Hiring your first employee is a big milestone as a business owner. It validates the growth of your business and also provides an extra push to succeed because you are now responsible for another person.
However, without the budget and perks of a big company, attracting the talent that your business needs can be tough. To support your expansion plans, we have created a guide to help you hire your first employee. Even better we spoke to business owners like you who have taken this path and their experiences are incredibly beneficial.
Be clear about the job requirements
Before you start the hiring process, be clear about what qualifications and skills you are looking for in a candidate. Having a clear job description and list of requirements will make it easier to attract the right candidates. While you can get job requirements or descriptions online, don't copy and paste blindly. Instead, edit it based on the unique needs of your business asking critical questions like; What areas do I need support in? What complementary skills does my hire need to have? What level of qualification does the role require e.t.c will help you put together a great job description.
Be clear about what you are offering
Resist the temptation to not include a pay range in your job description. Being clear about compensation, the location of the job and benefits helps you weed out candidates who are not a great fit and saves you time.
Be straightforward with compensation- Elizabeth, Design Studio owner
Be straightforward with the salary conversation. Let them know what you can afford to pay consistently. Talk about the pay and their expectations. Will there be lunch and airtime allowance or just lunch and transport fare daily? Have the hard conversation!
Look for a good culture fit
When interviewing candidates, look for a good fit for your culture. A candidate's skills and qualifications are important, but it's also essential to find someone who has the same values. Design your assessments to test for the values that are important to your business.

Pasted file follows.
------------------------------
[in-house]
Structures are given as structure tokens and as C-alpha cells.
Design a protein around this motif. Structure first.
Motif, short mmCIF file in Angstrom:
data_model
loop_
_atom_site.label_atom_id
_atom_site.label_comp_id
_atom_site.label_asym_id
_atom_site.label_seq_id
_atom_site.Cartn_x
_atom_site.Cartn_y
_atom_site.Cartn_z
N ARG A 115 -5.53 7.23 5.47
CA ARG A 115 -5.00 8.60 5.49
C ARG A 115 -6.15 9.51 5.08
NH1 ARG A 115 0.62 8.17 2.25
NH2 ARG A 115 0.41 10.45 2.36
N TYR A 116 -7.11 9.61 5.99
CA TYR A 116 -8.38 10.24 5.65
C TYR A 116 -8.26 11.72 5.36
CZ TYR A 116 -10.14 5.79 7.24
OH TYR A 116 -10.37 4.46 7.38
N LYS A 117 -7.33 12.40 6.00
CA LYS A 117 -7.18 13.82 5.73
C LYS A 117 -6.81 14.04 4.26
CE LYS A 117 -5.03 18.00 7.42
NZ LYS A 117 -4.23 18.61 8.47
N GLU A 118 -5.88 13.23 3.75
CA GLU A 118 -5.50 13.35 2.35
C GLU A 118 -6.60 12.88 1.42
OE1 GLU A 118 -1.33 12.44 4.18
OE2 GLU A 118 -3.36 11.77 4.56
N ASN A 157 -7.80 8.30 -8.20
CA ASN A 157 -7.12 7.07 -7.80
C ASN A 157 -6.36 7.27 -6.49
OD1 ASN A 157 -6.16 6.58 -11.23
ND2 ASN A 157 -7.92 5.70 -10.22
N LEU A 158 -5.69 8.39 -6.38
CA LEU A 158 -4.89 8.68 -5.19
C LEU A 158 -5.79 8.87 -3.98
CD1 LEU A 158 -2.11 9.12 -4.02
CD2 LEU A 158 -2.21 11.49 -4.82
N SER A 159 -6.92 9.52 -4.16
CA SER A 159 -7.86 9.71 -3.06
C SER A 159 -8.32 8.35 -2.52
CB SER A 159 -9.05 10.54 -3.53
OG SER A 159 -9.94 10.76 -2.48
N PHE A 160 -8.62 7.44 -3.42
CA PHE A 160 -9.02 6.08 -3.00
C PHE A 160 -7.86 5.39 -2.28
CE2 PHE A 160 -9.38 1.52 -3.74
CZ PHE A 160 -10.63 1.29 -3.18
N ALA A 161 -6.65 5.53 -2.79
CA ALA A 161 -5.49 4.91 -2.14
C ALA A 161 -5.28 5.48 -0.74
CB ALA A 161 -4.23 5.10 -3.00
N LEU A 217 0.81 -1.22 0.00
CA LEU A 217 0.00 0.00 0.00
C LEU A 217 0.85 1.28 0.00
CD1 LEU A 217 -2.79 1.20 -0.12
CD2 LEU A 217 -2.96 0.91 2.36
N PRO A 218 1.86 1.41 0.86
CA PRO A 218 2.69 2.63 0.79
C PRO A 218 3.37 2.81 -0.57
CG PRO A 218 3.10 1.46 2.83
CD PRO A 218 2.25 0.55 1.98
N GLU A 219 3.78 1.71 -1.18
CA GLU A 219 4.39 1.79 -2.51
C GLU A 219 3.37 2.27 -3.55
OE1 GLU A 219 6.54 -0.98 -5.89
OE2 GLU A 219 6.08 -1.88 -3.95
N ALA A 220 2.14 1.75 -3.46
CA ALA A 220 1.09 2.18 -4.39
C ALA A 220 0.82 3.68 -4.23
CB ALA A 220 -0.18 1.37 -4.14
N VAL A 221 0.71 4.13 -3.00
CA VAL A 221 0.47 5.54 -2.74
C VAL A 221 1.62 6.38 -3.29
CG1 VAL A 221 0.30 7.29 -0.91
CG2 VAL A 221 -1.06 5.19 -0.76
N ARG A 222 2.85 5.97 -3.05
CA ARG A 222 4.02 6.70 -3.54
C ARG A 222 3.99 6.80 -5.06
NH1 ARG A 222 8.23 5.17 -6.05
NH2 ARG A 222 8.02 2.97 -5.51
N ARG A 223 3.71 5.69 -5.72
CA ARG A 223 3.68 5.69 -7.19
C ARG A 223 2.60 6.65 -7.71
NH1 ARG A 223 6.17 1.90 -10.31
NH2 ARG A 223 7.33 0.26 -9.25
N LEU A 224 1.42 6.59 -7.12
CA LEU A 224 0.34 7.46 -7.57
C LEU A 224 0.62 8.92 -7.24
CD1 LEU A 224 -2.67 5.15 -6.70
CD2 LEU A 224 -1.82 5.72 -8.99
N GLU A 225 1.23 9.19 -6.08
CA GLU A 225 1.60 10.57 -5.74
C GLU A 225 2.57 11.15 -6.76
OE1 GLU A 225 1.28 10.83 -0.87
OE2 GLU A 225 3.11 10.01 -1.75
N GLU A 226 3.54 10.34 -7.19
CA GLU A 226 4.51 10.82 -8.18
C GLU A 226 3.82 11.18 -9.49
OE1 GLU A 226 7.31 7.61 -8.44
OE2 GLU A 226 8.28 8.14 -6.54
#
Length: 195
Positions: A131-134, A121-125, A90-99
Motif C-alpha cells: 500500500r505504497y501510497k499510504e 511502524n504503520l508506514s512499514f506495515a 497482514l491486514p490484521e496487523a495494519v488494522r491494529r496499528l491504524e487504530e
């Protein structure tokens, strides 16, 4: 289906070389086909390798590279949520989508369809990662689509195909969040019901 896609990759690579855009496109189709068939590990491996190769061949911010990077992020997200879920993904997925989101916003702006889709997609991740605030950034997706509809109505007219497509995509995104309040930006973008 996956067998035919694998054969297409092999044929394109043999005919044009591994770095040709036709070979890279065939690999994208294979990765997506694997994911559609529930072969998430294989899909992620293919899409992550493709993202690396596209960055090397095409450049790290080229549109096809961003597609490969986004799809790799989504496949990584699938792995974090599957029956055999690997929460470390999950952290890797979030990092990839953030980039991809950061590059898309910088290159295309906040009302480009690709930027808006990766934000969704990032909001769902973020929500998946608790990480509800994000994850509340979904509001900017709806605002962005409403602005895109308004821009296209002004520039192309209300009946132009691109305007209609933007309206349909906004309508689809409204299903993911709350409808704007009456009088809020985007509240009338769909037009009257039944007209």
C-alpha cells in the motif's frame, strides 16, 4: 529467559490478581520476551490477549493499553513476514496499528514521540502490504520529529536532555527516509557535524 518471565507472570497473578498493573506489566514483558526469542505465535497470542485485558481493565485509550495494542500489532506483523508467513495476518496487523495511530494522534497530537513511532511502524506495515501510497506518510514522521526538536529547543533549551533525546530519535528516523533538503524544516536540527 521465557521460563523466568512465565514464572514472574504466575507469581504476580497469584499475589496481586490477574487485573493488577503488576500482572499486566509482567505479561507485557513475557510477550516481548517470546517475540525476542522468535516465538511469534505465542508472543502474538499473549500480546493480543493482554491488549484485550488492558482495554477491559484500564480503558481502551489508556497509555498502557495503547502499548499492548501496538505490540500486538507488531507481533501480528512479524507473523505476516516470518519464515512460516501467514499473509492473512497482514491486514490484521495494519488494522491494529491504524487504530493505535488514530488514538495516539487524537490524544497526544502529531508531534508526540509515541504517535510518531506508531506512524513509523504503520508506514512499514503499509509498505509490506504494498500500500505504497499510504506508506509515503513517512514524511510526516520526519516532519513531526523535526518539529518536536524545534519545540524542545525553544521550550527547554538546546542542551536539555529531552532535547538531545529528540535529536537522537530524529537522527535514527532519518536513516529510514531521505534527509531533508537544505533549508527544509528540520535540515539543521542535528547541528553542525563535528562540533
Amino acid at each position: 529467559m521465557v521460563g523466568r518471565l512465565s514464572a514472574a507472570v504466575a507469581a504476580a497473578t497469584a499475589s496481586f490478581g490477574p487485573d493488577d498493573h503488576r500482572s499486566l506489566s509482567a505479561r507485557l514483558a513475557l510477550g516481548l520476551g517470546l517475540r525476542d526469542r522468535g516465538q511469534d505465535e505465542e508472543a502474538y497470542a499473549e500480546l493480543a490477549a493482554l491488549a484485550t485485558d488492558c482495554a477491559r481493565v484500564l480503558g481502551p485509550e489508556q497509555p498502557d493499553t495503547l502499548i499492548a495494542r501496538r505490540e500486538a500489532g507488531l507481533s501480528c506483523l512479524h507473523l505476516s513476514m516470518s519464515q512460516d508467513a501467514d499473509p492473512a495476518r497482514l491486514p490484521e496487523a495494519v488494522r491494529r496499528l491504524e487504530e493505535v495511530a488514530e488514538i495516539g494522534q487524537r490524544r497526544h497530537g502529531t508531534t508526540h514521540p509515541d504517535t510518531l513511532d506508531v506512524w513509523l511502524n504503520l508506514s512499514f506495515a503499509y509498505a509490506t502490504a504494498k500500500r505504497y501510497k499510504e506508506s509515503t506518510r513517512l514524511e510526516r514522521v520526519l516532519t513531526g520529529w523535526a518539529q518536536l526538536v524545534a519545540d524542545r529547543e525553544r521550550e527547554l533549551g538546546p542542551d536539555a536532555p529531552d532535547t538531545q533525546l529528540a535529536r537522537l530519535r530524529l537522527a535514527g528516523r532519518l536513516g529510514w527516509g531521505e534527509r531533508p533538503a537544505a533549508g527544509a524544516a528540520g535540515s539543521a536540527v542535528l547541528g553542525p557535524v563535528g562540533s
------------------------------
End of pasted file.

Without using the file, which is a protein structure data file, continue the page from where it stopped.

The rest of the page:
I was looking for a sense of responsibility - Elizabeth, Design Studio Owner
In looking out for my first employee, I wanted to see how they handle responsibility. I gave the shortlisted candidates a test to find out something and was looking out for someone who was going to be proactive in following up and providing a response.
Leverage your network
To help you get great candidates, share the role with your network. People who understand your values and work ethic are likely to refer candidates who they believe will be a great fit.
I leveraged my network - Adeola, Etsebox
I was very fortunate while making my first hire. It was a referral. I was talking to someone about my concerns about being overworked and needing someone to handle administrative tasks. The friend I was talking to referred someone who was a pleasure to work with.
Build on previous relationships
An easy way to hire your first employee is to formalize an existing relationship with a contractor. The benefit of this is that such an individual already understands your culture, the requirements of the role and has the necessary qualifications.
It was a no-brainer to hire someone I had worked with- Amaka, Brick Media Productions